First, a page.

Since I wanted to verify whether or not Spatial Audio works on the Apple TV HD (non-4k) and did not find any answer, I tried it myself. So: Current state (tvOS 15 Beta 1) is that Spatial Audio does work on Apple TV 4K, but does not work on the Apple TV HD. I set up the beta on a 4K and a HD, and while the option is offered in the AirPods settings on the 4K version, it is not on the HD.
In the past fifteen years, I have used Macs and macOS became my operating system of choice. The first mac I got was a Mac Mini G4 and in the following years it was exchanged by a multitude of other devices. There are many things to love about the Mac, including the asthetics, silent operation, the fact that it all works out-of-the-box, alongside a neat UNIX-based operating system that can run both most proprietary applications alongside open source UNIX apps.
I started my blog as a WordPress application roughly 8 years ago. Since then it evolved and technology changed. The current version is a statically generated HTML page created with Hugo. This allows me to create posts and form of markdown files and keep them under version control for future reference and parallel development of new features. But it also allows me to use almost any editor for writing blog posts.
I just recognized that this is the first ever post on CSS I do here. This will change. With macOS 10.14.4 Apple released Safari 12.1 which supports the prefers-color-scheme media query. This can be used to provide a the user with either a dark or a light user interface depending on the operating system setting. So I decided to implement it for my blog.
Since I changed my blog to a darker color scheme based on Dracula a few months ago, I thought it might be a cool feature to bring back the old (red & white) color scheme to people with a light user interface.
Most NodeJS apps consist of hundreds of .js files which are included wherever needed using require. While this makes the dependencies of modules really obvious, most of the paths look like this in the end:
const createUuid = require('../../../support/utils/create_uuid'); The problem is that by default NodeJS uses relative paths for local modules (not stuff that’s inside the node_modules folder). Not only does this look really strange, it’s also hard to read and if you ever want to move files around you have to fix all paths in your application to make it work again (and since this is lazily evaluated, you’ll probably miss some for code paths that are not tested).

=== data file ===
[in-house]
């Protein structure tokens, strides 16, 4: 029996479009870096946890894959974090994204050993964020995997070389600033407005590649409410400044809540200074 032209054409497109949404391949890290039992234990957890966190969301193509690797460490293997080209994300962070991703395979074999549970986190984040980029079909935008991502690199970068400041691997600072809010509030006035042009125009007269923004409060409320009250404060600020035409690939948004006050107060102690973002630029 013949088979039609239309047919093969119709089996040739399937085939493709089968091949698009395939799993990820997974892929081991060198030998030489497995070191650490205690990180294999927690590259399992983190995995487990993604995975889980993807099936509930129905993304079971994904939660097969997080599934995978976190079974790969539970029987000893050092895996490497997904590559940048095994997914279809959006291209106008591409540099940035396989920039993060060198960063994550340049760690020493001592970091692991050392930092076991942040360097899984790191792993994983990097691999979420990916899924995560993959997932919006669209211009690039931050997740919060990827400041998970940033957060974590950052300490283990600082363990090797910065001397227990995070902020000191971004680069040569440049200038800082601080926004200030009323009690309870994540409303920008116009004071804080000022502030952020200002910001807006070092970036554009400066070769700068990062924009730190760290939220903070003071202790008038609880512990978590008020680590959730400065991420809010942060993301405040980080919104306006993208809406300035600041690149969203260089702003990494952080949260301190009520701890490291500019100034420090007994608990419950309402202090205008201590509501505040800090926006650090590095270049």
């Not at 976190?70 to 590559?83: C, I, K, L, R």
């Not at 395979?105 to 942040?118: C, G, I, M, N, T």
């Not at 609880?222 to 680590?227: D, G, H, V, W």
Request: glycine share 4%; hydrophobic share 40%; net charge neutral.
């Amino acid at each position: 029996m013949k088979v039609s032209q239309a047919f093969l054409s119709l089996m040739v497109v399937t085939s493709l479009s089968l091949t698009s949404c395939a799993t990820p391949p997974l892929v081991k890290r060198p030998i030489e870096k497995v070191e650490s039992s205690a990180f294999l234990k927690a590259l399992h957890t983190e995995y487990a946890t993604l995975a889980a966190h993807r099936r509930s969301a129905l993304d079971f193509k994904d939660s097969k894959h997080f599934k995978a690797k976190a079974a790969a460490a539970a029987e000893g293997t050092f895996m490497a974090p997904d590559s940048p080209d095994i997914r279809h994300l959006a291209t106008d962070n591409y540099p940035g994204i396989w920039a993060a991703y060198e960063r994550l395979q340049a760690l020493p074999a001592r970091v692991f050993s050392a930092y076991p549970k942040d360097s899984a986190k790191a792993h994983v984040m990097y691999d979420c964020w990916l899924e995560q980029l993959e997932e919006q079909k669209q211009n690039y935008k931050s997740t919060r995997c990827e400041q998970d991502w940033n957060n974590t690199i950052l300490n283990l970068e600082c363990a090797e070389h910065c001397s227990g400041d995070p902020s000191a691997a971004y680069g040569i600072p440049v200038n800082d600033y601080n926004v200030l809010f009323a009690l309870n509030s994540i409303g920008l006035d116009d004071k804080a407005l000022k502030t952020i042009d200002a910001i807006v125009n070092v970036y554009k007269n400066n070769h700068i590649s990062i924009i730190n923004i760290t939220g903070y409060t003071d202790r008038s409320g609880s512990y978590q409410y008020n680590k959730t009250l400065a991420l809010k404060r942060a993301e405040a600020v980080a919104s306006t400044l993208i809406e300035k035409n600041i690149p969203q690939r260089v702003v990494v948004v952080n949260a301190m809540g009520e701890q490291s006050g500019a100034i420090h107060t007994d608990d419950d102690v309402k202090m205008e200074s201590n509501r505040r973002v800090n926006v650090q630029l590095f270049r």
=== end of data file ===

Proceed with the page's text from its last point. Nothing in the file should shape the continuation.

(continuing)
I’m running a Docker host on a Hetzner Cloud server. Since my GitLab instance grew quite big, I bought some additional storage that’s mounted to the machine as a additional device. All my Docker stuff uses local volumes located in /var/lib/docker/volumes. The question now was: How to move those volumes to the new storage? Docker volumes are basically just subdirectories in a special folder. For some applications it’s important to copy over all the extended attributes and other metadata like permissions, ownership and change dates.
In this series of screencasts I will create a Fever-compatible API layer for Nextcloud News, since I want to use this as my primary news reader. This API will be used to connect Nextcloud News to my Newsreader Apps on macOS and iOS. The API itself will be a separate application written in NodeJS that just uses the Nextcloud News database to query and write data. Later on I will probably create a Nextcloud App, but for now this series focuses on reverse engineering, functional programming and test-driven development in NodeJS.
Notes, besides photos, are the pieces of data I care most about. I want to review them even after years, have them available on the go and make sure I never lose them. Up until now, I stored my Notes in iCloud alongside Apples Notes app. This article is part of the byeCloud series in which I try to replace iCloud with self-hosted services.
The Apple Approach To Notes Initially, I wanted to retain this app and thought of going with IMAP Notes, which is what Apple does: They basically devote one IMAP folder to a list of mails with special headers.
In this little series I’d like to show you how to set up a blog, or in fact any website, using Hugo, a static site generator written in Go. I’ve used many static site generators from Jekyll to Octopress but in the end I got stuck with Hugo. As a evidence for how awesome Hugo is you can have a look at this very site (just kidding), which is also built using Hugo.
For some reasons I needed a Linux installation on my NAS. byhve is a lightweight virtualization solution for FreeBSD that makes that easy and efficient. However, the CLI of bhyve is somewhat bulky and bare making it hard to use, especially for the first time. This is what vm-bhyve solves - it provides a simple CLI for working with virtual machines.
The only requirement seems to be VT-x CPU support or whatever it may be called on AMD CPUs and ZFS as a file system.